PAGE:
A growing number of wineries are making the hard decision to close their cellar doors temporarily as the impact of the coronavirus begins to hit hard.
This latest financial blow for the wine industry comes on top of the drought and the bushfires.
Cellar doors that are temporarily closed include Peter Lehmann Wines in the Barossa, Bird in Hand in the Adelaide Hills and Jim Barry Wines in Clare.
It must be said that most cellar doors are choosing to remain open, but with an added focus on hygiene including asking all visitors to use hand sanitiser.
Casella Family Brands was one of the first producers to act, announcing last Friday afternoon on Facebook that it was closing four of its cellar doors: Peter Lehmann Wines in the Barossa, Brand’s Laira in Coonawarra, Morris of Rutherglen and Baileys of Glenrowan.
“As a family owned business, the health and wellbeing of our people and the communities in which we operate is our number one priority,” Casella said in a statement.
“Casella Family Brands has begun to take action to help prevent the spread of coronavirus in Australia.
“We want to act proactively and do our part to responsibly mitigate the impact of coronavirus on our industry.”
On Monday NSW Health Minister Brad Hazzard linked the Oakvale Winery in the Hunter with a coronavirus case.
“As a precaution, anyone who visited Oakvale Winery on Broke Road, Pokolbin, between 4 and 13 March should be alert for fever or respiratory symptoms,” NSW Health said in a statement.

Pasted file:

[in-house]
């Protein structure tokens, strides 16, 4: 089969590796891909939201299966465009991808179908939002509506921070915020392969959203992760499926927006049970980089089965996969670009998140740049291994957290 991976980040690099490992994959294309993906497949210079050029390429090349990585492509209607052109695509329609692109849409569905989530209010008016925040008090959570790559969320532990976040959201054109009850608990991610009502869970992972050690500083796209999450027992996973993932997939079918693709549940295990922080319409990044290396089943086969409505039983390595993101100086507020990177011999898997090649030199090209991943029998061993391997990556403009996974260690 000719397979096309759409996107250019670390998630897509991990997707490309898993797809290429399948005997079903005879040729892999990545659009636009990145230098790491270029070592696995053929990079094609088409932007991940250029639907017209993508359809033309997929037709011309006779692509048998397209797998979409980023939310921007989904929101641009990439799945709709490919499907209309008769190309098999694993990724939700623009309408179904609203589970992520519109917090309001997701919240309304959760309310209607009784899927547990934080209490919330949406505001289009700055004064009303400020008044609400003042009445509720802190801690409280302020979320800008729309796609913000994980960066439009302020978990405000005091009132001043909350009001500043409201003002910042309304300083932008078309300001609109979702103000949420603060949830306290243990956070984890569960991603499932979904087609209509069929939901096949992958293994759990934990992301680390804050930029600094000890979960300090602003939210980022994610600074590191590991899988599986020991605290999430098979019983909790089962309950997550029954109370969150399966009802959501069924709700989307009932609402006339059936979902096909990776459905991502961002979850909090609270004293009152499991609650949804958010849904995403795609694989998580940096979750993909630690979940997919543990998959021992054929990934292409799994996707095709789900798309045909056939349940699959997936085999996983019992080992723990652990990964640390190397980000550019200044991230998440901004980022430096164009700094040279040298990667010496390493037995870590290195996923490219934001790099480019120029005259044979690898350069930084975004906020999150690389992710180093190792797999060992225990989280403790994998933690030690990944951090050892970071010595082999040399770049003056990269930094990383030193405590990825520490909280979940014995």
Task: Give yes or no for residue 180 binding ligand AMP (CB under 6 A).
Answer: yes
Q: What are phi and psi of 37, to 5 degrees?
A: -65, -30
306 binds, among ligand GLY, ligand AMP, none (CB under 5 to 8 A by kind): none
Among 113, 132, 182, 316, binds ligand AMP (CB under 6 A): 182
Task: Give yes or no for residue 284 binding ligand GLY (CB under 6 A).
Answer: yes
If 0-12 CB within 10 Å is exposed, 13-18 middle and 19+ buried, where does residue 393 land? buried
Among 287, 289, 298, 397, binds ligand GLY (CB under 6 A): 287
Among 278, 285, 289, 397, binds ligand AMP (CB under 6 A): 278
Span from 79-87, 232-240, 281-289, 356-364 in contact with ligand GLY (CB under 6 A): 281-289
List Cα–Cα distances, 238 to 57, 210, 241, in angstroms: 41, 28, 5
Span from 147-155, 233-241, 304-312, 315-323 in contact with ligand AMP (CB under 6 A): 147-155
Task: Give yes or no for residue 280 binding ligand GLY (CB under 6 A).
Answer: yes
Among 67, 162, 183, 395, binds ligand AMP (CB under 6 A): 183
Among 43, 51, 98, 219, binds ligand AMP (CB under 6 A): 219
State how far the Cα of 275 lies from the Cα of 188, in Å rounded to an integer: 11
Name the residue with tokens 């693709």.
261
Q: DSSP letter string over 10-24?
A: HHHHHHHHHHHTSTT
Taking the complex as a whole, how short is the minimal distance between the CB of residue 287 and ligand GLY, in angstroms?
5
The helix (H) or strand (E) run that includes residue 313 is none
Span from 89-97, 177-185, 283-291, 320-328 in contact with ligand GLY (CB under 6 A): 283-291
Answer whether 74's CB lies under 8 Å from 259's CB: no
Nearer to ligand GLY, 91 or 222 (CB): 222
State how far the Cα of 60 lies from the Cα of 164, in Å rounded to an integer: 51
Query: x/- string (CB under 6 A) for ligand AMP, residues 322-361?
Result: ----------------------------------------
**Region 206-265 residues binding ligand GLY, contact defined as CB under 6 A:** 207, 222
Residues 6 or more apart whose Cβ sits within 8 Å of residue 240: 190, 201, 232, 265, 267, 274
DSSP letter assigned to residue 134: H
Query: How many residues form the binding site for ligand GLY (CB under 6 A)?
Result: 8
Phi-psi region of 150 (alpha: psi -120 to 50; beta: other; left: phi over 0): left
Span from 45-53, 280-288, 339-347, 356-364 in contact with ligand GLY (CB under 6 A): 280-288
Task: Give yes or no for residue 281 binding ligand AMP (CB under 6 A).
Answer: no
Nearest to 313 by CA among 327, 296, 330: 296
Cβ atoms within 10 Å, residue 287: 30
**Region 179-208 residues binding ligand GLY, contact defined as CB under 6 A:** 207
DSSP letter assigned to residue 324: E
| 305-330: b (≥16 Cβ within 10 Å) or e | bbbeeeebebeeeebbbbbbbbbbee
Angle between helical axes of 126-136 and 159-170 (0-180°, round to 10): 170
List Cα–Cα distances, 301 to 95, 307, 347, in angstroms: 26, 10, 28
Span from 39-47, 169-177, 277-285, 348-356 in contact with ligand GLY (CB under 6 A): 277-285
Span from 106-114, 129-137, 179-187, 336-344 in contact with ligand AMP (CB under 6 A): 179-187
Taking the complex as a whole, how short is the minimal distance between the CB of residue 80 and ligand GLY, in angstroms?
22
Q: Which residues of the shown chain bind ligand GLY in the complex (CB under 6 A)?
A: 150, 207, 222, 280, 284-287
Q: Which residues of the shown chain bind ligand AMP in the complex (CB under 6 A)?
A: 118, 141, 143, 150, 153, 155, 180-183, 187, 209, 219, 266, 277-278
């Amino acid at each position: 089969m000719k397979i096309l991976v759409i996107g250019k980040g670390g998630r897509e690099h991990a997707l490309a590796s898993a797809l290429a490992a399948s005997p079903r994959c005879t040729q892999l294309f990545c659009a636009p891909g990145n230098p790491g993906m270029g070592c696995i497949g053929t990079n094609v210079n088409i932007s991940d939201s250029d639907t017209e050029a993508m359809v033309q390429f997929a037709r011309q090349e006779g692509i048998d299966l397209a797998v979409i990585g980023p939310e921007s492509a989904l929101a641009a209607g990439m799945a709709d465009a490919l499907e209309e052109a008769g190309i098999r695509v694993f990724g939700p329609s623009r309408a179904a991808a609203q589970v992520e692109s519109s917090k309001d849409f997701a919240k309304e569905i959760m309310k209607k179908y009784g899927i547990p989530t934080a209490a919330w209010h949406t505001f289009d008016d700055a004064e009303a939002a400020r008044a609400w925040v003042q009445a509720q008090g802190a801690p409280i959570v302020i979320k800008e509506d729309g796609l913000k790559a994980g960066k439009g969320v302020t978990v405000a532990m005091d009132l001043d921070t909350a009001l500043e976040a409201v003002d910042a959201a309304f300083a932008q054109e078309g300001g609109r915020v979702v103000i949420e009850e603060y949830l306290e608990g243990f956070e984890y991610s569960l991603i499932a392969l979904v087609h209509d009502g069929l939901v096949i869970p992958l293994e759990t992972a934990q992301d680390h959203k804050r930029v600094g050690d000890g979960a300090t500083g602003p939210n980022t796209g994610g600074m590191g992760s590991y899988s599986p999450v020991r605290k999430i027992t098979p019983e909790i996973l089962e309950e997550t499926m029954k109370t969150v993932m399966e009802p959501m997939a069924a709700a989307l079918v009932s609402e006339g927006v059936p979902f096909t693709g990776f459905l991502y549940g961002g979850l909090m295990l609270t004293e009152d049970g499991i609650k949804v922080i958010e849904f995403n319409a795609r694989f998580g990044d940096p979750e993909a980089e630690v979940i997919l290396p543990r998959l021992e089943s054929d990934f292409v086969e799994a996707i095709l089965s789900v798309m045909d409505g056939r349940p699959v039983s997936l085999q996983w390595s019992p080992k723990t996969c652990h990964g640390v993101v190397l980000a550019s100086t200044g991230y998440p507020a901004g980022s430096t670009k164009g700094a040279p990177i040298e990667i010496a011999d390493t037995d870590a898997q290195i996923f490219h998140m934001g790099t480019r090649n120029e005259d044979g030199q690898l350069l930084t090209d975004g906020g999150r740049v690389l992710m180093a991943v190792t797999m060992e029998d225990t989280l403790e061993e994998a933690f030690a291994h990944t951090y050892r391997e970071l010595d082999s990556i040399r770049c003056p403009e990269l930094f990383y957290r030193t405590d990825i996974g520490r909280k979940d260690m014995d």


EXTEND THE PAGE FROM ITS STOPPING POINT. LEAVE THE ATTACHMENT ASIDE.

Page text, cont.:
The coronavirus is also leading to a string of wine events being cancelled including a key presentation for donors at The Barossa Cellar this Sunday.
“After much soul searching we have decided to postpone the event,” The Barossa Cellar said in a statement.
“Given the current Covid-19 situation and the uncertainty it creates, we believe it is the most responsible action to help keep our community safe.
“We intend to reschedule the key presentation at a later date and look forward to welcoming you to The Barossa Cellar when life returns to normal.”
Tasting Australia in Adelaide, which has a strong wine program, has been postponed.
Two Hands Wines announced yesterday that it’s keeping its cellar door open with some new measures.
“All guests will be asked to use hand sanitiser upon arrival at cellar door,” the winery said on Facebook.
“Our team will be wiping down all high-traffic surfaces with sanitising solutions on the hour, including but not limited to, door handles, bathroom surfaces and tasting bench surfaces.
“We ask you to remember that your continued support will allow local Barossa businesses and their suppliers to survive.”
The Shaw + Smith tasting room in the Adelaide Hills remains open with precautions including reducing the seating capacity to provide more space between groups, and asking customers to pay by card instead of cash.
Yet another challenge looming for the wine industry will be the hardship that pubs, bars and restaurants are going through with the Federal Government’s social isolation strategy.
As at 6am on 17 March the Department of Health said there have been 375 confirmed cases of Covid-19 including 170 in NSW, 71 in Victoria, 68 in Queensland, 29 in South Australia, 28 in Western Australia, seven in Tasmania, two in the ACT and none in the Northern Territory.
Photo: Handpicked Semillon resting outside the weighbridge (Peter Lehmann Facebook page).